Jump in global FDI linked to Irish tax inversion deals

OECD report finds FDI among top industrial countries back at pre-crash levels

Angel Gurria, secretary general of the Organization for Economic Co-operation and Development (OECD): the OECD’s report suggests global FDI increased by 25 per cent to $1.7 trillion in 2015. Photograph: Molly Riley/AFP/Getty Images

Angel Gurria, secretary general of the Organization for Economic Co-operation and Development (OECD): the OECD’s report suggests global FDI increased by 25 per cent to $1.7 trillion in 2015. Photograph: Molly Riley/AFP/Getty Images

 

Foreign direct investment (FDI) among top industrial countries almost doubled last year with large inflows recorded in Ireland, the Netherlands, Switzerland and the US. Investors from these countries were also responsible for the 35 per cent increase in OECD outflows.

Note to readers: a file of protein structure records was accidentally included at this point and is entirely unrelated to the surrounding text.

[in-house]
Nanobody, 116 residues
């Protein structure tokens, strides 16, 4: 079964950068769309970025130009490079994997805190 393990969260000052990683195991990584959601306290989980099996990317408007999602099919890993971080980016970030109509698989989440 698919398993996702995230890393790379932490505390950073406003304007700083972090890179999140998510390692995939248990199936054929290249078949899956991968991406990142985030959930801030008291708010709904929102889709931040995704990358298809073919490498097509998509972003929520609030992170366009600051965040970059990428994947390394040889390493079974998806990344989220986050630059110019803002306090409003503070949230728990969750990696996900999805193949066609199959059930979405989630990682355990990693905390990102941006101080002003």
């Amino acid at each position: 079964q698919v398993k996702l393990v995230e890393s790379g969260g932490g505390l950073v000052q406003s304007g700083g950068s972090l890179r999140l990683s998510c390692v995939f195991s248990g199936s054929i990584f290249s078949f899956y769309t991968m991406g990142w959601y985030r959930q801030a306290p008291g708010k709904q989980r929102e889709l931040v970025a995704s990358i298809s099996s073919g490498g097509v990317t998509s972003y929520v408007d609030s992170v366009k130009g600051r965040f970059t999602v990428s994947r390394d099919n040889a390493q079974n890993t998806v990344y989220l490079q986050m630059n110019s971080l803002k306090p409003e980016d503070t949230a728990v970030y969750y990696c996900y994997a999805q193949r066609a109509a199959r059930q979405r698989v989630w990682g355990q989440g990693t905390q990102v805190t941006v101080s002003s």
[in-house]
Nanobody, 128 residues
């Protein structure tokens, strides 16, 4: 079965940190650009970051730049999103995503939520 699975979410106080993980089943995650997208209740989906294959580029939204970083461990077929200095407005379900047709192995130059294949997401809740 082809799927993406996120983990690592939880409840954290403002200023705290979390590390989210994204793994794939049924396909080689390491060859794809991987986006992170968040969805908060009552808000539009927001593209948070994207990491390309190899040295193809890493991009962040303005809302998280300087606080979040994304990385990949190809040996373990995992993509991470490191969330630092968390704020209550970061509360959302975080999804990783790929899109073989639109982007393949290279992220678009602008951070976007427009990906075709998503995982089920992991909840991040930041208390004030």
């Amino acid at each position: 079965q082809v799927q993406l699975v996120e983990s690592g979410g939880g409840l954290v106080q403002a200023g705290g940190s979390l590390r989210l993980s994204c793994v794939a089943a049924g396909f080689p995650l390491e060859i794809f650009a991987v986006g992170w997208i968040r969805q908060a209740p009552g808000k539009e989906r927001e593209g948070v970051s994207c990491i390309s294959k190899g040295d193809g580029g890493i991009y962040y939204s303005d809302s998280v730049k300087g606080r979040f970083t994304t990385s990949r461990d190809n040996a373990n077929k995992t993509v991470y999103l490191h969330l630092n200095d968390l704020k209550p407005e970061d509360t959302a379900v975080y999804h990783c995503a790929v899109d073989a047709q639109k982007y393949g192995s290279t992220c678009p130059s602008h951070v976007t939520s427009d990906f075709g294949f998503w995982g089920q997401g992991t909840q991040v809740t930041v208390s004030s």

However, a new OECD report suggests a significant portion of the increase was down to financial and corporate restructuring rather than new investments.

Specifically, it highlighted several so-called tax inversion deals, which it said, were designed to reduce tax obligations in the US.

Tax inversion deals allow a company to shift profits to the lowest tax jurisdiction in a merger. They are usually structured in a way to make the smaller entity look like the bigger takeover party.

The OECD’s report suggests global FDI increased by 25 per cent to $1.7 trillion in 2015, reaching its highest level since the financial crisis of 2007. These countries were among the top destinations and sources of FDI worldwide in 2015.